Milosevic allies move to regain levers of power

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The Independent Online

The international war crimes tribunal yesterday said it wanted to open an office in Belgrade, and demanded the extradition of Slobodan Milosevic. But it may have spoken too soon. Even as its deputy prosecutor, Graham Blewitt, talked of the birth of a new democracy in Yugoslavia, allies of the tribunal's most wanted man were trying to force their way back into power.

The international war crimes tribunal yesterday said it wanted to open an office in Belgrade, and demanded the extradition of Slobodan Milosevic. But it may have spoken too soon. Even as its deputy prosecutor, Graham Blewitt, talked of the birth of a new democracy in Yugoslavia, allies of the tribunal's most wanted man were trying to force their way back into power.

It is not over in Serbia yet. Mr Blewitt announced yesterday he had sent the new Yugoslav President, Vojislav Kostunica, a letter demanding that Mr Milosevic be handed over. But the deposed president was still hidden in his Belgrade residence yesterday, as his allies in the Serbian government ordered police to seize back state institutions taken over by the opposition, and the Yugoslav army warned of "negative consequences" if Mr Kostunica attempted to purge the general staff.

Serbia has woken up from the party to celebrate the downfall of Mr Milosevic to find plenty of work still to be done. Everyone has been talking of the foreign investment about to flow in - but foreign bankers yesterday said there was little prospect of that, so long as Mr Milosevic's cronies retained control of much of the economy.

"The situation right now is that all the crooks in the economy are still in charge," said Jerome Booth, head of research at London's Ashmore Investment Management. "They've been raking in money and people want to see them out."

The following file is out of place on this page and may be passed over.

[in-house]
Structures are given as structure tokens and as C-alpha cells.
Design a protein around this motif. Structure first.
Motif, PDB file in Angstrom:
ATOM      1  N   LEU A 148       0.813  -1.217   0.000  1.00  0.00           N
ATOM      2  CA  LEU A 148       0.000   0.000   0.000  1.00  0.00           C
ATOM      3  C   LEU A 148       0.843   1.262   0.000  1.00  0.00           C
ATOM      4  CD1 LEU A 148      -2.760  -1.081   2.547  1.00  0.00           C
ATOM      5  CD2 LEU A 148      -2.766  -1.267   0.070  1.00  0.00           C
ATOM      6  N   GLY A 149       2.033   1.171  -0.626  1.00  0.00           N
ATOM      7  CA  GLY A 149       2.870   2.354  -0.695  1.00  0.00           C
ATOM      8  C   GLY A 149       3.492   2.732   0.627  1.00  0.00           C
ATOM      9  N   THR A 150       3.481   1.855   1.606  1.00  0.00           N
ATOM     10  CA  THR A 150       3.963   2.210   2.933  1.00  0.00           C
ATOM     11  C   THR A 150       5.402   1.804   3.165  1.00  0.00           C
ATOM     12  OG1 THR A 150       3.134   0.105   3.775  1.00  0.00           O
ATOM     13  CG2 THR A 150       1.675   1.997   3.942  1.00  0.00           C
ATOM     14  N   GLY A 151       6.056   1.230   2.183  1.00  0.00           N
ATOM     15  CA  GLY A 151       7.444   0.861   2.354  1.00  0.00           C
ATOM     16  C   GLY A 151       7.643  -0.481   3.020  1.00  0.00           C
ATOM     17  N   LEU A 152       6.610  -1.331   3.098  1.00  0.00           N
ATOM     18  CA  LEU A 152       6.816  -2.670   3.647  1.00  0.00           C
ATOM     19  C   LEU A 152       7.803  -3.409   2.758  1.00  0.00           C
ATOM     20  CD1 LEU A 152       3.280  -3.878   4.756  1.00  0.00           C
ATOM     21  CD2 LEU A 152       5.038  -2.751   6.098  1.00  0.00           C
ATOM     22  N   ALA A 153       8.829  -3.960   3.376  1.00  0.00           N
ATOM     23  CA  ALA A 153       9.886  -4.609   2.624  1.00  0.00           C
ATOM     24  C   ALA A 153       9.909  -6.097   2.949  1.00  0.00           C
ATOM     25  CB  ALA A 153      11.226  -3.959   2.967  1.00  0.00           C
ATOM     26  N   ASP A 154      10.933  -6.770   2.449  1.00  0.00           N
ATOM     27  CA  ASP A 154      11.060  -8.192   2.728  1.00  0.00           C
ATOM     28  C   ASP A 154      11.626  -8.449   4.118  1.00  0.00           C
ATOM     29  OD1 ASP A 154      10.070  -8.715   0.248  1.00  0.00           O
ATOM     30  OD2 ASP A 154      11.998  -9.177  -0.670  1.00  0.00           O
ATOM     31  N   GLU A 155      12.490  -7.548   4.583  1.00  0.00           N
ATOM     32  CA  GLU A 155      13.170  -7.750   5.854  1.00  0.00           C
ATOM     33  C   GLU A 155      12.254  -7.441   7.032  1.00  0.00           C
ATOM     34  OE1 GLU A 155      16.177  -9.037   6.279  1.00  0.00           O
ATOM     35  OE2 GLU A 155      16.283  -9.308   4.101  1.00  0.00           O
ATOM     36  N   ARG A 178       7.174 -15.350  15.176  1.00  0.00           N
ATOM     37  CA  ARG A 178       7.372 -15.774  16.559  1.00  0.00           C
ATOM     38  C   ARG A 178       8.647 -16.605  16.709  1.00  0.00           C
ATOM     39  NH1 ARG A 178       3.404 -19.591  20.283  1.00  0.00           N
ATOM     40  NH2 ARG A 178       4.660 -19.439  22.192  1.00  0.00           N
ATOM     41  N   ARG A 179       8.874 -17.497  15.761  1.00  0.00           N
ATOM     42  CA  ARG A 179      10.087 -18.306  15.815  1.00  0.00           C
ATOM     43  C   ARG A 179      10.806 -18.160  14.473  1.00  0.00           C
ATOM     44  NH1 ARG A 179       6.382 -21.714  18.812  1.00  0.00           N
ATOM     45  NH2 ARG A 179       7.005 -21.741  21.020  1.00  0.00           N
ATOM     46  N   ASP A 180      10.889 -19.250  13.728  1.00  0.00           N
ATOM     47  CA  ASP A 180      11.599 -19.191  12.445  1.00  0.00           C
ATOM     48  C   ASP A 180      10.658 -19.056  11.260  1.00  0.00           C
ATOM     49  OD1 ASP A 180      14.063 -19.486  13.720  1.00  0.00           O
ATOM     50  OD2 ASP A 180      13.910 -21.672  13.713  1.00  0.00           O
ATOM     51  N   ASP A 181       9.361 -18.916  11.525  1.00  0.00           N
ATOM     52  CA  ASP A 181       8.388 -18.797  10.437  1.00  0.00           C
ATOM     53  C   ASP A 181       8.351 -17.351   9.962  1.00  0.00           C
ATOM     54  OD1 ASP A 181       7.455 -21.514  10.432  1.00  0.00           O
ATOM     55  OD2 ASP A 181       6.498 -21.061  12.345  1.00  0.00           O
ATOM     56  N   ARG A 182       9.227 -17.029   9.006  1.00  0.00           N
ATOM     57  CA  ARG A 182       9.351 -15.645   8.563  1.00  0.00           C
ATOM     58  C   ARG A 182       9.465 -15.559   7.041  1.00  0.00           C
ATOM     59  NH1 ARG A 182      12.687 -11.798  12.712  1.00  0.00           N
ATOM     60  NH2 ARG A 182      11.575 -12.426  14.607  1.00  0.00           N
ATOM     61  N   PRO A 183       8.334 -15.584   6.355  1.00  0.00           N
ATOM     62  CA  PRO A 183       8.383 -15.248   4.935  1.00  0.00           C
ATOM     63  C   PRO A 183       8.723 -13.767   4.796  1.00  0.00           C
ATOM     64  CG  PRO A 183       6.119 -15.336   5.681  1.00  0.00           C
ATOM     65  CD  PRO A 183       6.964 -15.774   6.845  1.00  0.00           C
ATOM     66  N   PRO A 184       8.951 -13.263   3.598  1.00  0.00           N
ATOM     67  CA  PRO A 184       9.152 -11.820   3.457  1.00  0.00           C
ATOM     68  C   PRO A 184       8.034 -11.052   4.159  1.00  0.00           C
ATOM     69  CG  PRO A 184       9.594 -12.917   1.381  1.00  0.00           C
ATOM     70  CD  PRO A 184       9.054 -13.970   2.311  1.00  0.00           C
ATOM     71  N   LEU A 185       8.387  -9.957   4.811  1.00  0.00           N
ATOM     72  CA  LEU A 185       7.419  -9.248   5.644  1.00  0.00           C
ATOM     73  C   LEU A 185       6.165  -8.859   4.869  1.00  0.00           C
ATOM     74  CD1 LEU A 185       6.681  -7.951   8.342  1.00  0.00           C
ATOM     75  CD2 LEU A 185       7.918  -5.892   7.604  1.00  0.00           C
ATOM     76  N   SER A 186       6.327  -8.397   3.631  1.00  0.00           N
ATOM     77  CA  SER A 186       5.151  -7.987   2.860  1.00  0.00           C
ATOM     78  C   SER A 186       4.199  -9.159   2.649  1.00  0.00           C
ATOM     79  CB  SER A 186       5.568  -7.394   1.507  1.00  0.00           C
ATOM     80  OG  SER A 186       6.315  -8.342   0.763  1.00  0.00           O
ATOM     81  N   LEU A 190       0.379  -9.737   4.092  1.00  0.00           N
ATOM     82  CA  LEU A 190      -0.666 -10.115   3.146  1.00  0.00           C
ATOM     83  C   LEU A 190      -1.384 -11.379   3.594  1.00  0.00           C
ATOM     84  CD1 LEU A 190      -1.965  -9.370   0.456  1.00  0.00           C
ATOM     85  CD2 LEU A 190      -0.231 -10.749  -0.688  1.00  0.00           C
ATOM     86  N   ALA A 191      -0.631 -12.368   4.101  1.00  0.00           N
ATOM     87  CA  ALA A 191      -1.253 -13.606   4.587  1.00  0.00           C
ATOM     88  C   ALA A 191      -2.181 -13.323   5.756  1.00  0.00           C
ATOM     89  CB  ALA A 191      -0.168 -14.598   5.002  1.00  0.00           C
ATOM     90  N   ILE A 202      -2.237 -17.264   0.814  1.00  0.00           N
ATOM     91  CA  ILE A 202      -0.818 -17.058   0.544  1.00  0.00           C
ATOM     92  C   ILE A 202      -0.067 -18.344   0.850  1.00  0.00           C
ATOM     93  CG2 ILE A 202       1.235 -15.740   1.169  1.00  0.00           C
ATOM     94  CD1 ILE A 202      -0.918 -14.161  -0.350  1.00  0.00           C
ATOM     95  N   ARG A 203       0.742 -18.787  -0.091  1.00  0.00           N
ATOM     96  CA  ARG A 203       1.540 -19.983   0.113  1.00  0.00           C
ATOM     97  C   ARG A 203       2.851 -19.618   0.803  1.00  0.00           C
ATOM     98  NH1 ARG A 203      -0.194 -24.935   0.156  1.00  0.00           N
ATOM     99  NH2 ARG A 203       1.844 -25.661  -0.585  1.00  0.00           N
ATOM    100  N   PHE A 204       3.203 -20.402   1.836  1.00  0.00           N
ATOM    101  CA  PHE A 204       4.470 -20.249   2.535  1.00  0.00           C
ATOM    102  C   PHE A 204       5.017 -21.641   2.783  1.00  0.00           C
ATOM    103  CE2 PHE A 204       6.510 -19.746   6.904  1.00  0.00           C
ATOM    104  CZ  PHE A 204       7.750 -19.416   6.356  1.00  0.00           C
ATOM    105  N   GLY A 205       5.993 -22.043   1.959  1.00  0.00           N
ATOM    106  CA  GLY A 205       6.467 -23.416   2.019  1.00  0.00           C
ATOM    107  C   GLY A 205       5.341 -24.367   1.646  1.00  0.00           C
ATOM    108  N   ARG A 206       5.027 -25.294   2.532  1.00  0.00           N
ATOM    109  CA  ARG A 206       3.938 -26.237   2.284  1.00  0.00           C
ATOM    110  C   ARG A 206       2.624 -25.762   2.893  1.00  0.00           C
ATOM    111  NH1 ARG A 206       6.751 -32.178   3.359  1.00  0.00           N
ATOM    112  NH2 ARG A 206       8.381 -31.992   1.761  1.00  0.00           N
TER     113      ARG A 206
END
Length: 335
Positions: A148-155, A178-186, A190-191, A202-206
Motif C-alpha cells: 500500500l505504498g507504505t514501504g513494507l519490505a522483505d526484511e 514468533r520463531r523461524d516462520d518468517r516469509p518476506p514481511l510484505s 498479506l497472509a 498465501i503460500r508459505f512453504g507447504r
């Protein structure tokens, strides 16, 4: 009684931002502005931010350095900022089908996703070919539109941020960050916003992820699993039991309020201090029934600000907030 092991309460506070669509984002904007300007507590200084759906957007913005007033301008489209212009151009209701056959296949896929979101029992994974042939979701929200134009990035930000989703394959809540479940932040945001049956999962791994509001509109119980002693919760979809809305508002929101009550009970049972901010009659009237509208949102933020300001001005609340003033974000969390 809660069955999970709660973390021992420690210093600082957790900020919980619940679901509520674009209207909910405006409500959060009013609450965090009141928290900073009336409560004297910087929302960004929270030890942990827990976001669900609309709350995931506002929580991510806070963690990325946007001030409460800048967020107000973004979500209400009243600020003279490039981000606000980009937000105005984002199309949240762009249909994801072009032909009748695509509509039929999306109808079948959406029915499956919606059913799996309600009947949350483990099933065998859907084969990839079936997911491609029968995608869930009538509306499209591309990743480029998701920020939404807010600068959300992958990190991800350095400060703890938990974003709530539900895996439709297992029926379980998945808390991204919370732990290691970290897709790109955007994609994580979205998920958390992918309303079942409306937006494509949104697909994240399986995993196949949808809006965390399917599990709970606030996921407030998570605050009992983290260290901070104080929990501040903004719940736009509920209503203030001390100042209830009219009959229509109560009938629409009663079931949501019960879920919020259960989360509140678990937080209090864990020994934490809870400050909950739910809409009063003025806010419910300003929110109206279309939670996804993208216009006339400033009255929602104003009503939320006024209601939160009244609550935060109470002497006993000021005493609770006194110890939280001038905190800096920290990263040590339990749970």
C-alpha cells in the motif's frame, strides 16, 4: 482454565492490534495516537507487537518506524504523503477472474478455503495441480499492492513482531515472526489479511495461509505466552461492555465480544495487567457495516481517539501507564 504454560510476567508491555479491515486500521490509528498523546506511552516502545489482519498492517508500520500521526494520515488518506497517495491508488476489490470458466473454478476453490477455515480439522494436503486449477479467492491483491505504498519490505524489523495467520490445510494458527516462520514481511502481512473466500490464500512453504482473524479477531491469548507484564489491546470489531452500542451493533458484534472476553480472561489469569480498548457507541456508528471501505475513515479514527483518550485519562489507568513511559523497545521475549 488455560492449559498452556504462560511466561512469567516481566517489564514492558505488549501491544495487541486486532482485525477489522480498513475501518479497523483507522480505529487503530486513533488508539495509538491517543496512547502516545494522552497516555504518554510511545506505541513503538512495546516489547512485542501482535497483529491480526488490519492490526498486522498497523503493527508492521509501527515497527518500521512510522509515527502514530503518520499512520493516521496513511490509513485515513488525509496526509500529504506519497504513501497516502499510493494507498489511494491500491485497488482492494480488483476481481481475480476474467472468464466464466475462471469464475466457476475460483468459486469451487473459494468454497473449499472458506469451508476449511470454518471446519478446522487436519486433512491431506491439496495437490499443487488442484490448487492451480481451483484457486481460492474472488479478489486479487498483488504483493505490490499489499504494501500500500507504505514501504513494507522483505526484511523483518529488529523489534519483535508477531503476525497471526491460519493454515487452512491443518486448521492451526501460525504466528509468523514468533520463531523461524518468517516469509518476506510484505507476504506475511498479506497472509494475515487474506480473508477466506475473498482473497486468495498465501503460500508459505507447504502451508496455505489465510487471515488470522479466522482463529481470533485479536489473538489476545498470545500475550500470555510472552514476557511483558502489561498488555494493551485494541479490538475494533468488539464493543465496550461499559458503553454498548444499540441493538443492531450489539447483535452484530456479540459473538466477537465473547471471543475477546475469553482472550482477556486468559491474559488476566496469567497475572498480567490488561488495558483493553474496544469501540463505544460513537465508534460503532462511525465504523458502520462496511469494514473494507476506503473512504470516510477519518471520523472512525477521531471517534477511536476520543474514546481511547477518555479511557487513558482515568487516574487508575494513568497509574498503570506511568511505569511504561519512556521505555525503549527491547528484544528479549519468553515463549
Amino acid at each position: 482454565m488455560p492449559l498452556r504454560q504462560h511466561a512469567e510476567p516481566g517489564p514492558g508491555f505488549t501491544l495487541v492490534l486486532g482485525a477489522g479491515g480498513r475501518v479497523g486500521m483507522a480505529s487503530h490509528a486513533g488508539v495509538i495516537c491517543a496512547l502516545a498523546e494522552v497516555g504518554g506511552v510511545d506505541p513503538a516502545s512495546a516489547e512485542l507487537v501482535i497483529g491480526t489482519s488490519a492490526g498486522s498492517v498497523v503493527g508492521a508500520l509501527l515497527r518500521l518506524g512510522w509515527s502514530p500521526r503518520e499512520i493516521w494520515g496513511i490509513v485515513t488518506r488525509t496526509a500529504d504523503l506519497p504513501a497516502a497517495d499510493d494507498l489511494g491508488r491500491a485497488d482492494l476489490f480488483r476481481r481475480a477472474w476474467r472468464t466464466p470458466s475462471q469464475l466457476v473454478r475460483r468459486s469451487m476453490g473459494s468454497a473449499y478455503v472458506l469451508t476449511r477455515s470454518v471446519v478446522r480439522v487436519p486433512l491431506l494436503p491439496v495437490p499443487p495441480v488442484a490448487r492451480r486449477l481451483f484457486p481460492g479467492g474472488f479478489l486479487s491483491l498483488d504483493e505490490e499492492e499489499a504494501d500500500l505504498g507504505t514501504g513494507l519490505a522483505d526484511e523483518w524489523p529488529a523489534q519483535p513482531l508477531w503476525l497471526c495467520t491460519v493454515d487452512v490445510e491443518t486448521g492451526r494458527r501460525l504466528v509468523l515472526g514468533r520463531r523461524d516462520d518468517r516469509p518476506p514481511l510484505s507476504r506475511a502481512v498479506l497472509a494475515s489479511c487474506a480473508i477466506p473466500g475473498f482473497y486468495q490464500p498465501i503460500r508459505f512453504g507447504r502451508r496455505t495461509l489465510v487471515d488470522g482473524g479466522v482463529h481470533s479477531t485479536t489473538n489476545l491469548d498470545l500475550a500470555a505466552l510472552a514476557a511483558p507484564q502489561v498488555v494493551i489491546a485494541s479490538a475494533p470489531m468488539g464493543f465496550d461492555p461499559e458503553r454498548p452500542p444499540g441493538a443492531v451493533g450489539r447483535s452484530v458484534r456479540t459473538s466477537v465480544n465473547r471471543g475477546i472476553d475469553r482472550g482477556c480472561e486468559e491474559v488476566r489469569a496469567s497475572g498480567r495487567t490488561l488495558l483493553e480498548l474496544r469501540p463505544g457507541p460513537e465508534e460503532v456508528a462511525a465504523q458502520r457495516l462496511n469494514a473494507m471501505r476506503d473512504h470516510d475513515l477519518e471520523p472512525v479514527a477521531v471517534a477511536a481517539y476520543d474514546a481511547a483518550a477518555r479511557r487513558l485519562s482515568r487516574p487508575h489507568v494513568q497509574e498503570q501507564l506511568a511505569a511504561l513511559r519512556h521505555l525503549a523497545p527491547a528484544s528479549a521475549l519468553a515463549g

Mr Milosevic stuffed every corner of Serbia with his allies, and they are proving hard to get rid of. Some key figures have resigned, including Serbia's interior minister. But his departure only prompted yesterday's takeover of the Interior Ministry, which controls Serbia's 100,000 police, by the Serbian Prime Minister, Mirko Marjanovic.

So far only a few of Mr Milosevic's men have fled the country, but it is rumoured the pro-Milosevic factions in the military have taken over air traffic control to ensure an exit route. The police appear divided. Many officers went over to the opposition in last week's revolution, and several police chiefs have publicly pledged allegiance to Mr Kostunica.

But yesterday, three bodyguards belonging to opposition leaders were arrested by police. They were later released, but an opposition leader, Cedomir Jovanovic, said it was a deliberate "provocation".

Zoran Djindjic, Mr Kostunica's most powerful backer, has said that the notorious secret police, who used to report directly to Mr Milosevic, are "still closed to us". They have resumed their activities, including bugging, says Mr Djindjic, who has been leading negotiations with security forces.

It was Mr Djindjic who appeared to precipitate yesterday's warnings from the army, when he said that Mr Kostunica hoped to replace the Chief of Staff with Momcilo Perisic, a former general sacked by Mr Milosevic. Where the opposition has succeeded in removing Mr Milosevic's cronies, they have been accused of promoting lawlessness. Companies and institutions whose managers have been deposed are said to be being run by "crisis committees" - but there are reports that criminals are using that as a pretext to take over companies, claiming they represent the opposition. Mr Kostunica's coalition yesterday denied it had set up "crisis committees".

But it all adds grist to the mill of Mr Milosevic's allies in the Serbian government. The "lawlessness" in state institutions and companies was their excuse for reneging yesterday on their agreement to hold elections on 17 December, and their pretext for ordering police in to wrest back control.

But all is not lost for the opposition. Popular support remains massively behind them, and Mr Djindjic warned that if the Serbian government tests him too far, he may call the people back on to the streets.

And the people's patience is running out. Spray-painted on a Belgrade wall yesterday was the message: "The sure way to finish Milosevic: put a bullet in his head."

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